Dana Hart Callanan is a successful hunter, jumper and equitation coach, an ‘R’ judge, and a sales broker. Here she answers common questions about A level sport.

A: As a trainer that cares solely about what is best for horse and rider, it is truly an easy decision.

When a client has successfully lessoned at home and shown in a specific height/division—and has many times been able to do exactly what the courses and trainer have asked of you at that level—it is time to move up!

But only when both horse and rider and parents are ready and willing. It should never happen for any other reason than it is that time!

As trainers, we know it’s rarely ever that easy and simple, though.

Usually, we will have a client whose enthusiasm exceeds their current ability. Or a parent or client that pushes you hard to move them up. Maybe they bought a horse that can for sure do a higher level and you feel the student isn’t ready. Maybe the student is ready, and the horse isn’t ready or capable.

These are all very real and common situations most trainers will encounter and, unlike the average sport, it’s not just the athlete who will pay the consequences—there’s living animal involved. As a trainer, it’s our job to protect and advocate for the horse and its safety, and not to let confusion fog our decision making—sometimes that can lead to a not very happy client.

To prevent that, I try hard to communicate my concerns and feelings of the capabilities of rider and horse all the time. I believe if trainers set short- and long-term goals, and check in with client and parents frequently on how they are progressing, then it makes it much easier to stay within the realistic capabilities of all.

Having said that, sometimes clients just don’t want to listen and want it their way and some trainers then bend against their better judgment, which is where it can get dicey. Some don’t and loose clients as a result. Everyone has to do what they believe works for them. Just remember safety should be first—for rider and horse!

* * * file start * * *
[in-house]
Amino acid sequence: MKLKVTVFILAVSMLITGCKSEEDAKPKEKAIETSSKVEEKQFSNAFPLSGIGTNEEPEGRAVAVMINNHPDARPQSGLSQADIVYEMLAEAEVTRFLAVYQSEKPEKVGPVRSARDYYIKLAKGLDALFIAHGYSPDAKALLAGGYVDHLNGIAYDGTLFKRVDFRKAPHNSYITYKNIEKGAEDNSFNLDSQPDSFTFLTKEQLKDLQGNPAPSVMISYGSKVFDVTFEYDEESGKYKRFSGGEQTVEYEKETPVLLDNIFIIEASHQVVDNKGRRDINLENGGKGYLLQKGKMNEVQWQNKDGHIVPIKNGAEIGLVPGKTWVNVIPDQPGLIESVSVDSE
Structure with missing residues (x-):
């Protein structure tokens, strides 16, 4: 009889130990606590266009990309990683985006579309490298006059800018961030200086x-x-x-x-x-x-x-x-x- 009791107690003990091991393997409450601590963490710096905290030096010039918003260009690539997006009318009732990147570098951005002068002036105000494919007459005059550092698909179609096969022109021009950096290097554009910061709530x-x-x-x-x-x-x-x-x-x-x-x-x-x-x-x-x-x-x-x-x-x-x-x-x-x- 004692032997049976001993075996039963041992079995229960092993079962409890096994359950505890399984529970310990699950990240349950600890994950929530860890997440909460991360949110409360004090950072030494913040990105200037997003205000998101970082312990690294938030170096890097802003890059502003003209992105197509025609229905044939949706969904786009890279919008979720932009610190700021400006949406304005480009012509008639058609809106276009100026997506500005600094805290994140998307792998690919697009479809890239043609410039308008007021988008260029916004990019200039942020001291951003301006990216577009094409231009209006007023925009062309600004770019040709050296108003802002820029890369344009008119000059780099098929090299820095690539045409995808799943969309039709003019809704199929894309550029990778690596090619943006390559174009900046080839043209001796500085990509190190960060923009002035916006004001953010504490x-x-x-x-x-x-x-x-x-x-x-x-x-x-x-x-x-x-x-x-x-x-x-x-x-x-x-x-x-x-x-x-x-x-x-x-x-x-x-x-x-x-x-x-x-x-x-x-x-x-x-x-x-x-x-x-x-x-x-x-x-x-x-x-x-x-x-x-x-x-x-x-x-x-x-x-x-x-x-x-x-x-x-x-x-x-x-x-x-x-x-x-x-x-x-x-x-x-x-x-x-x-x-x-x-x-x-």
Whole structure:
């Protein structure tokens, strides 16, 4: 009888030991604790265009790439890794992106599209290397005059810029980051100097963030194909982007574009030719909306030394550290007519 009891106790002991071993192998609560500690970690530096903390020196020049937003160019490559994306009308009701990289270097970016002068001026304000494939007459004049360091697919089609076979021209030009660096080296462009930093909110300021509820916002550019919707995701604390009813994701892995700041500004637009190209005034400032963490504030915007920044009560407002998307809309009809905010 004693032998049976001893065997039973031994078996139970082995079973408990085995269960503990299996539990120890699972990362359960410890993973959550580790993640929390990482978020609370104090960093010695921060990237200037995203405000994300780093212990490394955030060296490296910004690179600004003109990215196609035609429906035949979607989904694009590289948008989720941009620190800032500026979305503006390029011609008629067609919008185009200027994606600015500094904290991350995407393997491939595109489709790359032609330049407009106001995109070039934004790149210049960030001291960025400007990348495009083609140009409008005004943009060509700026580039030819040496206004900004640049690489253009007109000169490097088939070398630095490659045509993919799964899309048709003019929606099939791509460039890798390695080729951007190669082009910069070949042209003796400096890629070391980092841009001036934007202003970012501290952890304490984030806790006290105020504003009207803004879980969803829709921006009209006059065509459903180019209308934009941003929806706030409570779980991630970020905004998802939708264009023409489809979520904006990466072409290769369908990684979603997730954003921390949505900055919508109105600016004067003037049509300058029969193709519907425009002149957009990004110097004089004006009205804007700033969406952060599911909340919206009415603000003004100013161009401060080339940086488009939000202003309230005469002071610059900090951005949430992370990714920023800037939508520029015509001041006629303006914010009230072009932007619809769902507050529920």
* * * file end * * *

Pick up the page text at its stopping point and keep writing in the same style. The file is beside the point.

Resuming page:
Now as a judge, why are they in this ring? is truly an everyday thought in my head. I have witnessed bad falls that you could see coming for the lack of capability of horse and or rider and that could have been prevented if they were showing in a lower level.

I can also say I’ve thought that horse is a saint more times than I can count on both hands while I am judging. Very few times do I think, Wow! That rider should be in a higher-class level.

Unfortunately, as a judge there is not much I can do about which classes a horse and rider compete in. But know this, from the judge’s box safety is number one. If the rider has no control or the horse is compromised because of rider’s capability, they are not going to place well in hunter/equitation classes!

In the jumper ring, you can get “lucky” and still win a blue ribbon with a bad ride. But if you are hearing a judge or people ringside gasp, that isn’t a good thing. And sometimes being wildly below all other’s time isn’t always a good thing, either. You should never feel out of control in the show ring, so make sure you are asking yourself that before moving up a level. As a judge, I don’t feel nearly enough people really are honest about that.

For me, as a mom, I always tried to make sure my kid was mounted correctly and felt confident. If at any time she voiced concerns, or asked questions and there was fear in her voice, we would re-evaluate.

Whenever she tried to compare to others, I would steer her far away from that line of thinking. This sport is so different than others. The variables are so vast that it’s impossible to compare what a friend is doing on a completely different horse and one time or another.

I think this is why so many kids move up too fast—they’re comparing themselves to their peers on social media and it’s so devastating.  It makes parents and kids do things they know, at heart, they shouldn’t. But the peer pressure is so high, they do.

As a mom, I would say, try really hard to be open with your kid about how they feel and truthful about what you as a parent can do financially and physically for the level they want to ride in. The higher the levels the more the financial and time investment required. If you can’t commit as a whole family to the sport, then lower the expectation.

Bottom line: You can’t expect any horse to carry the burden of capability. Be very open with your trainer and ask as many questions as possible. Be 100% sure you are all on the same page before moving up, then the “team” will move up the levels smoother and more successfully!